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Tassie Devil
2009-May-04, 11:54 AM
Hello everyone. A newbie to this forum, but a question thats been bugging me.

Given that we know that life exists at a certain distance from a certain size star (in our solar system), do planet hunters, use a smilar formula when looking for planets orbitting other stars?
Thanks.

PraedSt
2009-May-04, 12:36 PM
Hi Tassie Devil. Welcome to BAUT. :)

Amateur answer:

Yes and no. We've only just begun finding extrasolar planets, so at this stage astronomers are trying to find as many planets as they can. Of course, they're very happy if they do find a planet within the habitable zone, but as far as I'm aware, no special effort is (as yet) directed towards finding these. Rather, right now I think that they're more focused on finding Earth-size planets- which is quite hard to do as these relatively small in the big scheme of things.

EDIT: Ha! My answer is sort-of wrong. The Kepler Mission (http://en.wikipedia.org/wiki/Kepler_Mission) will try to find Earth-sized planets- hopefully within the habitable zone. We have a running thread on the mission here (http://www.bautforum.com/space-exploration/24311-kepler-mission-5.html).

Wizard From Oz
2009-May-04, 02:14 PM
Tassie, as PraedSt pointed out we are only just getting started on the whole process. For now, the definition of the inhabitable zone is anywhere liquid water can exist. This is fairly arbitary because all our biological science is based on conditions we find on Earth.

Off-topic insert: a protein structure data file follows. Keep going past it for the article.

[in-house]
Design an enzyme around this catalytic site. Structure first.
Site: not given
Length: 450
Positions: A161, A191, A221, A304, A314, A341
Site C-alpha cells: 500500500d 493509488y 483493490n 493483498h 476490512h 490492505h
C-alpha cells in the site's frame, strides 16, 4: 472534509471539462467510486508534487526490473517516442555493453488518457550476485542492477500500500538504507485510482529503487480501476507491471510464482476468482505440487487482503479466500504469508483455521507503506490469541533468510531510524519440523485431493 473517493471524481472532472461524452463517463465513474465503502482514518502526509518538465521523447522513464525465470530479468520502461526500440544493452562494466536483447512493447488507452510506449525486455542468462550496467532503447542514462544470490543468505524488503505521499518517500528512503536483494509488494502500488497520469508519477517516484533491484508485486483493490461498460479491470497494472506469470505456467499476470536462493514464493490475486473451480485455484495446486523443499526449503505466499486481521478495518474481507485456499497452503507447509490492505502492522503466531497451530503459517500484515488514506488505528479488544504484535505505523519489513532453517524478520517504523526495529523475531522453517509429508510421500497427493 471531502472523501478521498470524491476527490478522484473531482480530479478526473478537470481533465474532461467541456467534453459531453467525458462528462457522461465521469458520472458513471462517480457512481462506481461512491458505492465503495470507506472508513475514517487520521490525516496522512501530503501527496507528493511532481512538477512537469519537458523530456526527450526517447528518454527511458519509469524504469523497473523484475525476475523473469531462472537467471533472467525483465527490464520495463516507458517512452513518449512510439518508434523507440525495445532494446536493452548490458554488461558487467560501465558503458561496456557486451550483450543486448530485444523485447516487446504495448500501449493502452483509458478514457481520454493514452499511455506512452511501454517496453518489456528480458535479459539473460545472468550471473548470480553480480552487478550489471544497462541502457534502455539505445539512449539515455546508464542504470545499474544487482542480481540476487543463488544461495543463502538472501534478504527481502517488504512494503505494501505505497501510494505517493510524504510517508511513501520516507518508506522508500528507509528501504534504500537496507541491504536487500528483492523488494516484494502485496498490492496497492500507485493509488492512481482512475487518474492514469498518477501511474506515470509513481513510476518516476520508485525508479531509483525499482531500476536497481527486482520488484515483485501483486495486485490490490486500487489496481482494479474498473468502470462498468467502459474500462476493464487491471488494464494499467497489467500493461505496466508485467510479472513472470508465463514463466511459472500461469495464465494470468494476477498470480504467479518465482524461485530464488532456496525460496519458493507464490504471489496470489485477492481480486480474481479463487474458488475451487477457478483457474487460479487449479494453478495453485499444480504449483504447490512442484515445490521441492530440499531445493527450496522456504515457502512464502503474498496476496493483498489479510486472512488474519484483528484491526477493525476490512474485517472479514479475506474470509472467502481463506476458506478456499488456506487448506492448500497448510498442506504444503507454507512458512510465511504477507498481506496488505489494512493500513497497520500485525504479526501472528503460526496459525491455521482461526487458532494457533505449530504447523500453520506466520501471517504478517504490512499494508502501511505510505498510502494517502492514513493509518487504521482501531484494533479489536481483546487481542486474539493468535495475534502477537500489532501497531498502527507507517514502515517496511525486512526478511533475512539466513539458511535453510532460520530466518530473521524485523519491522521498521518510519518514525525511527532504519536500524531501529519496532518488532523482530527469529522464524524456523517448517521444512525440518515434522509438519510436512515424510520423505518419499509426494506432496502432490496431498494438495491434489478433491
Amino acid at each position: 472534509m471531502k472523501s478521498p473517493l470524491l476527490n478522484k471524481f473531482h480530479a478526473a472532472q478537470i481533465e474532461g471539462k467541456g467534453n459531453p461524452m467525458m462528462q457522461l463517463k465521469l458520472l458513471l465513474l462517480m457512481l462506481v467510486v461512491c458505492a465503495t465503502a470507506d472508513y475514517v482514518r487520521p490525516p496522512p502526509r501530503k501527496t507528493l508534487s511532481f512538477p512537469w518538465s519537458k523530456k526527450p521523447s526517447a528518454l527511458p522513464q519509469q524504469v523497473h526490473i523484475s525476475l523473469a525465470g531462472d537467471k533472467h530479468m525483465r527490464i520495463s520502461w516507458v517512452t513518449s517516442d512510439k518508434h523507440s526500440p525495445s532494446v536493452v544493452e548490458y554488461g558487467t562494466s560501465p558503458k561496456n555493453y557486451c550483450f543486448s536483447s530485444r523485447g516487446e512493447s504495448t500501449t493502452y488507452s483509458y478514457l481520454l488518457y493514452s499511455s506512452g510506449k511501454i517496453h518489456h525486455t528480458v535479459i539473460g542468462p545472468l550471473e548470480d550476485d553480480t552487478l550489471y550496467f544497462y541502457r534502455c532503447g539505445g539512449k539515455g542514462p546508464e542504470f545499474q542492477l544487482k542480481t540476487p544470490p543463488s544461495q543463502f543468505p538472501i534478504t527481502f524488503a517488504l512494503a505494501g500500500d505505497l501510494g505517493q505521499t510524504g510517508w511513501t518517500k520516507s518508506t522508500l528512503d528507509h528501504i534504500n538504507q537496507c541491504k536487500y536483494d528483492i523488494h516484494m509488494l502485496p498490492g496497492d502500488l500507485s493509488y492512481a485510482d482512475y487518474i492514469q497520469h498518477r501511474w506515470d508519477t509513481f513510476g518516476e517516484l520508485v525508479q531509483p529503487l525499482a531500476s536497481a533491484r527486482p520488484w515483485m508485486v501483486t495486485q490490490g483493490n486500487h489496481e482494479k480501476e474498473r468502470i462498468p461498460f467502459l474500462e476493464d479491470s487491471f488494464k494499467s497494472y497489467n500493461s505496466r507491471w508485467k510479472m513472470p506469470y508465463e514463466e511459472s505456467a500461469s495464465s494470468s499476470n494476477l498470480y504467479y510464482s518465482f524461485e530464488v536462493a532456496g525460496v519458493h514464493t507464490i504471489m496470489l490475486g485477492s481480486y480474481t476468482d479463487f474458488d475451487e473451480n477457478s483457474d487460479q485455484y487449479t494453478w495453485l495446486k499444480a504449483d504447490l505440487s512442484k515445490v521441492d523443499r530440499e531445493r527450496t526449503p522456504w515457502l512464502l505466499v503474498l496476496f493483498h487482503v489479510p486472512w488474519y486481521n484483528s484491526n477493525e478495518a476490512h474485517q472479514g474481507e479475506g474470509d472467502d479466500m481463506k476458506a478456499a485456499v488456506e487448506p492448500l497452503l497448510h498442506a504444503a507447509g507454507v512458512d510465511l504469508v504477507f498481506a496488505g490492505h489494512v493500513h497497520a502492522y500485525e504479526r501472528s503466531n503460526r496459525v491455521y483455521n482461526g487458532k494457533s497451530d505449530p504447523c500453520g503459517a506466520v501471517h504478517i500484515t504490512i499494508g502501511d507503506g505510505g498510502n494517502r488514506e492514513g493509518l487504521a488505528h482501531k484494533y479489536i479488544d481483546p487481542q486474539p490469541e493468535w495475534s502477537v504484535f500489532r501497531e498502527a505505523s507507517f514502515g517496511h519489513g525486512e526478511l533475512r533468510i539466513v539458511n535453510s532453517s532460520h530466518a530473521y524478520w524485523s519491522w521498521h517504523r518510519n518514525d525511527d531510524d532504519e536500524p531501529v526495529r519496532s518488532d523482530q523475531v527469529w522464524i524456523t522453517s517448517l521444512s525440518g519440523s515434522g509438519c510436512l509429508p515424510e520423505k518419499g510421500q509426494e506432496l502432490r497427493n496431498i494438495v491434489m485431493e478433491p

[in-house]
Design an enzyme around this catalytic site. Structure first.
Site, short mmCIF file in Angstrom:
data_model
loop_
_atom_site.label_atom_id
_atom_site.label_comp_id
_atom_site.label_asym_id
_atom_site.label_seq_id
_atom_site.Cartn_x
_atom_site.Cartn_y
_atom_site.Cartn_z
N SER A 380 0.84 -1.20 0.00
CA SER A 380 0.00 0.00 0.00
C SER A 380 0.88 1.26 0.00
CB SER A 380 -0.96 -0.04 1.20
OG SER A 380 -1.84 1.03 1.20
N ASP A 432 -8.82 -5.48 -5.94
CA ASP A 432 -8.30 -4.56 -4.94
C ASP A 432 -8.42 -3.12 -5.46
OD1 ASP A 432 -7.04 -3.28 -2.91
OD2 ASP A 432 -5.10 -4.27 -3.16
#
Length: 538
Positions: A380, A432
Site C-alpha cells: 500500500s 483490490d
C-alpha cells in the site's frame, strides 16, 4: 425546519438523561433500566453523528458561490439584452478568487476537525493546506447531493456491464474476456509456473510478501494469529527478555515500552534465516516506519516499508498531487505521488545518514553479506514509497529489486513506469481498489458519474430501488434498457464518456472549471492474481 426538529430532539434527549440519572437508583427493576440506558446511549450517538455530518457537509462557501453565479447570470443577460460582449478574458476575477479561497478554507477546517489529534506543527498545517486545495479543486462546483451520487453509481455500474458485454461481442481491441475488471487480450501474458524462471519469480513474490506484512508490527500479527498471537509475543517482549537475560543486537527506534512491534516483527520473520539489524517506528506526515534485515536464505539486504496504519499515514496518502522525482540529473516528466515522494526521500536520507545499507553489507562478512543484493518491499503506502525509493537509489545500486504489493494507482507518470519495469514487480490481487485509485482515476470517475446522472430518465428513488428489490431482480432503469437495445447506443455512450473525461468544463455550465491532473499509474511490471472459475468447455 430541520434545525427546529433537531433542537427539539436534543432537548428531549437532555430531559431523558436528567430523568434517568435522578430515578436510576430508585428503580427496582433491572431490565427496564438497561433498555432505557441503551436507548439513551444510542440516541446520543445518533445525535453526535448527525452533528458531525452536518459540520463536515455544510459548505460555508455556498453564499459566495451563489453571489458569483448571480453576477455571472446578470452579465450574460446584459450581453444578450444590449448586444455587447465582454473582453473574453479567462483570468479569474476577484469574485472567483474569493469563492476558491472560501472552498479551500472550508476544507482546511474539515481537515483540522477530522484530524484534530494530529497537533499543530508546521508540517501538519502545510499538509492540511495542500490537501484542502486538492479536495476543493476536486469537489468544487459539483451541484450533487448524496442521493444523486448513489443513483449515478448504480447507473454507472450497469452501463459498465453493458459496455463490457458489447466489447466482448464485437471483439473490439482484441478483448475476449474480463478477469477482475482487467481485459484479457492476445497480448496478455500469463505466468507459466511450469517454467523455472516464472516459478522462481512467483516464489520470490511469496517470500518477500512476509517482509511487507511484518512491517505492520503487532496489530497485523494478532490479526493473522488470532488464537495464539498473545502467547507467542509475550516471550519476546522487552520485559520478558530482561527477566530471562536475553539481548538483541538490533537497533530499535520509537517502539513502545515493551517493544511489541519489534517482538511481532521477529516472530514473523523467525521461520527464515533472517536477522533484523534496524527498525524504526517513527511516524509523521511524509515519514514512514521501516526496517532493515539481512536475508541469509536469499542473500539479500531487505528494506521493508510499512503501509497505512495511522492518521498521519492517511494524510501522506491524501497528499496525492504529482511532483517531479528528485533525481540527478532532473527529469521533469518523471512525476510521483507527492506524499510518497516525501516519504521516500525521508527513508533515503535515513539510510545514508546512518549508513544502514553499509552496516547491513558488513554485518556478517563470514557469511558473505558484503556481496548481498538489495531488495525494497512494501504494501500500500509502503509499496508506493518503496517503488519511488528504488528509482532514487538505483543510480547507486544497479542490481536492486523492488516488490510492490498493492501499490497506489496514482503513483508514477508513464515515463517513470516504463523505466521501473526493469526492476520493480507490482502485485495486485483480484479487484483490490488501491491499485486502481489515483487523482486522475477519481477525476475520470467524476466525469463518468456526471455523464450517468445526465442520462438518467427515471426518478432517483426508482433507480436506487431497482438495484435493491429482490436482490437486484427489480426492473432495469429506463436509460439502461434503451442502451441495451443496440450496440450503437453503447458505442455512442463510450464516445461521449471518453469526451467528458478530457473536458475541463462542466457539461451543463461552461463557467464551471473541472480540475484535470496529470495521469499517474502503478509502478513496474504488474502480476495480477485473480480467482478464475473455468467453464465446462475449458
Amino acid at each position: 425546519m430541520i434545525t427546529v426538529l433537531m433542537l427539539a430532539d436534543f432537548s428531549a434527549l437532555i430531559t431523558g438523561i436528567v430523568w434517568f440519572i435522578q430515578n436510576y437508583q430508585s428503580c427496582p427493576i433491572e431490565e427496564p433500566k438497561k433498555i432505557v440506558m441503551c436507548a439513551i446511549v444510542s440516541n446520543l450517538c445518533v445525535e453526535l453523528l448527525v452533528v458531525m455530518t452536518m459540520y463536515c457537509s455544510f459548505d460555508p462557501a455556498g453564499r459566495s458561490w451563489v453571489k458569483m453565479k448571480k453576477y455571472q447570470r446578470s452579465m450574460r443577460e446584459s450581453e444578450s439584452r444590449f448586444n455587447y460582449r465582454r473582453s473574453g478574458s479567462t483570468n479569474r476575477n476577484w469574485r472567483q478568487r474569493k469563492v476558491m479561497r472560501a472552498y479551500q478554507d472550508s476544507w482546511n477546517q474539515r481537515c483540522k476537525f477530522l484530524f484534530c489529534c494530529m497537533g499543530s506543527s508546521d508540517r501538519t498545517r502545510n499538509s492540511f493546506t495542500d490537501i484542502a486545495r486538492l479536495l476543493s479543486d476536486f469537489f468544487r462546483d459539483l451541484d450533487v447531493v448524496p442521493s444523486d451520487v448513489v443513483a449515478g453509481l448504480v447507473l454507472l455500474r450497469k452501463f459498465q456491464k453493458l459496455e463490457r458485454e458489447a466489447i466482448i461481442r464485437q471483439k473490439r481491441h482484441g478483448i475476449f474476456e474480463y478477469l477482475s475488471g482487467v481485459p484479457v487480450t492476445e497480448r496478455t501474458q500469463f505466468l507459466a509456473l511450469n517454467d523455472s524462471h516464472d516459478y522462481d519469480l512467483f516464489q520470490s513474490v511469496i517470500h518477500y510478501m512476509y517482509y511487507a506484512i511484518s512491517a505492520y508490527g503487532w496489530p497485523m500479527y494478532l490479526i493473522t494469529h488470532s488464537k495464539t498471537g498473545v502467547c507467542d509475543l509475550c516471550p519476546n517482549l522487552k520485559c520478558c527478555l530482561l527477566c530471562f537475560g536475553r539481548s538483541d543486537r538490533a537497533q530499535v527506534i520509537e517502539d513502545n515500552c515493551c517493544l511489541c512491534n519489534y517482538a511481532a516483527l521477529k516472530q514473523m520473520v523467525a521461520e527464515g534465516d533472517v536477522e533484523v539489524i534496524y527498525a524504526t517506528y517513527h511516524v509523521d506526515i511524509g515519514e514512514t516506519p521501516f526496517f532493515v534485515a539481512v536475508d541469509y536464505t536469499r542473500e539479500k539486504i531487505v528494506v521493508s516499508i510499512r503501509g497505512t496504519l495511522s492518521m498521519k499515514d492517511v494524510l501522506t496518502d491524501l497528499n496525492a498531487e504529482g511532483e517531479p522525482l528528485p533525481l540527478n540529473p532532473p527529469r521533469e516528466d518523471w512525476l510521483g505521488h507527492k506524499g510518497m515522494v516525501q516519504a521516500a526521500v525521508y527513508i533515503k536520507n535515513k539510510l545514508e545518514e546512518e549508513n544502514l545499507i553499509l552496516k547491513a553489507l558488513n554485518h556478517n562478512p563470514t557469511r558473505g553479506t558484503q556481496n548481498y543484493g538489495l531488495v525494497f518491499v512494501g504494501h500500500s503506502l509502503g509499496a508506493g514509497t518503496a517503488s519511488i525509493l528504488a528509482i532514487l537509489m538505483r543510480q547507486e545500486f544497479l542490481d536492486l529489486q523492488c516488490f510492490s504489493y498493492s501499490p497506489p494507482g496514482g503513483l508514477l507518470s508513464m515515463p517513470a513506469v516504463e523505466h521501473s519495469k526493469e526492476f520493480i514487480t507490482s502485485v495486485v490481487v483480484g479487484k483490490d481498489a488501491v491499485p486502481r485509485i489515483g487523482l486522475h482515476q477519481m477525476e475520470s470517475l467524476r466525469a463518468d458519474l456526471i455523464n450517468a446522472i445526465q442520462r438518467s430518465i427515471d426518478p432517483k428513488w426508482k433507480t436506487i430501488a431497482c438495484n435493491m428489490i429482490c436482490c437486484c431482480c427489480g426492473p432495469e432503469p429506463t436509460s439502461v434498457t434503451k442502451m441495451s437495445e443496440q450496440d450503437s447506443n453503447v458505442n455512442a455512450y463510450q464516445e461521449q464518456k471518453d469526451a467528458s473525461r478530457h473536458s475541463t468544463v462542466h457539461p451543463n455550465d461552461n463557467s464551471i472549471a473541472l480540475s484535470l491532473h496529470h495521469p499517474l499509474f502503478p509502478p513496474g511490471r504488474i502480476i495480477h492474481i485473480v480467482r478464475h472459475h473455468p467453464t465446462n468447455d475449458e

On the other hand we can fairly well predict how far from a specific star this zone should be found. Some stars have no such zone because they are too bright or dim etc etc

Tassie Devil
2009-May-05, 12:31 AM
Thanks guys. So we understand a "habitable zone", from what we know about our own solar system (Mass of sun, distance etc), and we apply that basic template to planet hunting.... although we are looking at anything that shows a sign of something orbitting another star, at this early stage?
Makes sense. Although listening to Astronomycast, the new telescopes being manufactured / launched should really let us get better images etc?

galacsi
2009-May-05, 09:47 AM
Tassie, as PraedSt pointed out we are only just getting started on the whole process. For now, the definition of the inhabitable zone is anywhere liquid water can exist. This is fairly arbitary because all our biological science is based on conditions we find on Earth.

On the other hand we can fairly well predict how far from a specific star this zone should be found. Some stars have no such zone because they are too bright or dim etc etc

Hello Wizard :

I think all stars have an habitable zone. for a brighter star than Earth it will be farther away and for a dimmer , by example a red dwarf , it will be nearer . But of course there are other parameters , a very bright star is very short lived (If Mainstream is correct) and a very dim star has its own problems ; frequent flares and tidal locking. But ,in both cases , it does not prevent planets existing inside this habitable zone.